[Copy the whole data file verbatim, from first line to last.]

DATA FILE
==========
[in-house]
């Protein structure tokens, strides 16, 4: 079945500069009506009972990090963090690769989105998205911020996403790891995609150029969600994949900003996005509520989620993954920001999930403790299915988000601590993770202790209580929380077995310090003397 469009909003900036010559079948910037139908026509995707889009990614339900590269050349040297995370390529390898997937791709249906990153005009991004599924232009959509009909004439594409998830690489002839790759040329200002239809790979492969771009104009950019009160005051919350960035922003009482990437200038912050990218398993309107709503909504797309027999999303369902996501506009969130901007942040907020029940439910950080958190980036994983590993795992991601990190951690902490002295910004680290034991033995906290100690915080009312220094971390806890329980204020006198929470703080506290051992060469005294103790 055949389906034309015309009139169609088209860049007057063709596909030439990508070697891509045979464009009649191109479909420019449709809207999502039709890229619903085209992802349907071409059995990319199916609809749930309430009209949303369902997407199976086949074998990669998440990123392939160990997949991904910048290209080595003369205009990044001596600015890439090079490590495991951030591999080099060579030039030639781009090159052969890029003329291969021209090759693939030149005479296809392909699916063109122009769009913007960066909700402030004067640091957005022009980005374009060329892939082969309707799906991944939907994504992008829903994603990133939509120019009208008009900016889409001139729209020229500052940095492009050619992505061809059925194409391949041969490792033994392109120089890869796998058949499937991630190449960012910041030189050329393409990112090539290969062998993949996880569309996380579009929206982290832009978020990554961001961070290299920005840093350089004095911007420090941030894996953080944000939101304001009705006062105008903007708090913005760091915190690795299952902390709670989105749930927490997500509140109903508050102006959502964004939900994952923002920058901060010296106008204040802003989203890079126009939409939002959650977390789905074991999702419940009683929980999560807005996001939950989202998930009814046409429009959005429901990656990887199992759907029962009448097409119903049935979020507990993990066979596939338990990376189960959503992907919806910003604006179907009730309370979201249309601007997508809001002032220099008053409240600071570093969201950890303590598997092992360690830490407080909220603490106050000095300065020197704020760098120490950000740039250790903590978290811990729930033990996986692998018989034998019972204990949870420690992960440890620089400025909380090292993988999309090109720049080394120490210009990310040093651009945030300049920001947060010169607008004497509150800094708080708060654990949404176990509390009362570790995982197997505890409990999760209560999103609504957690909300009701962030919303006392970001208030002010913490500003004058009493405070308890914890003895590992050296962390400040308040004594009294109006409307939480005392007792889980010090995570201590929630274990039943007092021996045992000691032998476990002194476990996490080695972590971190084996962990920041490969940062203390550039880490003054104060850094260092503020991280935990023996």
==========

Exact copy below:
[in-house]
């Protein structure tokens, strides 16, 4: 079945500069009506009972990090963090690769989105998205911020996403790891995609150029969600994949900003996005509520989620993954920001999930403790299915988000601590993770202790209580929380077995310090003397 469009909003900036010559079948910037139908026509995707889009990614339900590269050349040297995370390529390898997937791709249906990153005009991004599924232009959509009909004439594409998830690489002839790759040329200002239809790979492969771009104009950019009160005051919350960035922003009482990437200038912050990218398993309107709503909504797309027999999303369902996501506009969130901007942040907020029940439910950080958190980036994983590993795992991601990190951690902490002295910004680290034991033995906290100690915080009312220094971390806890329980204020006198929470703080506290051992060469005294103790 055949389906034309015309009139169609088209860049007057063709596909030439990508070697891509045979464009009649191109479909420019449709809207999502039709890229619903085209992802349907071409059995990319199916609809749930309430009209949303369902997407199976086949074998990669998440990123392939160990997949991904910048290209080595003369205009990044001596600015890439090079490590495991951030591999080099060579030039030639781009090159052969890029003329291969021209090759693939030149005479296809392909699916063109122009769009913007960066909700402030004067640091957005022009980005374009060329892939082969309707799906991944939907994504992008829903994603990133939509120019009208008009900016889409001139729209020229500052940095492009050619992505061809059925194409391949041969490792033994392109120089890869796998058949499937991630190449960012910041030189050329393409990112090539290969062998993949996880569309996380579009929206982290832009978020990554961001961070290299920005840093350089004095911007420090941030894996953080944000939101304001009705006062105008903007708090913005760091915190690795299952902390709670989105749930927490997500509140109903508050102006959502964004939900994952923002920058901060010296106008204040802003989203890079126009939409939002959650977390789905074991999702419940009683929980999560807005996001939950989202998930009814046409429009959005429901990656990887199992759907029962009448097409119903049935979020507990993990066979596939338990990376189960959503992907919806910003604006179907009730309370979201249309601007997508809001002032220099008053409240600071570093969201950890303590598997092992360690830490407080909220603490106050000095300065020197704020760098120490950000740039250790903590978290811990729930033990996986692998018989034998019972204990949870420690992960440890620089400025909380090292993988999309090109720049080394120490210009990310040093651009945030300049920001947060010169607008004497509150800094708080708060654990949404176990509390009362570790995982197997505890409990999760209560999103609504957690909300009701962030919303006392970001208030002010913490500003004058009493405070308890914890003895590992050296962390400040308040004594009294109006409307939480005392007792889980010090995570201590929630274990039943007092021996045992000691032998476990002194476990996490080695972590971190084996962990920041490969940062203390550039880490003054104060850094260092503020991280935990023996």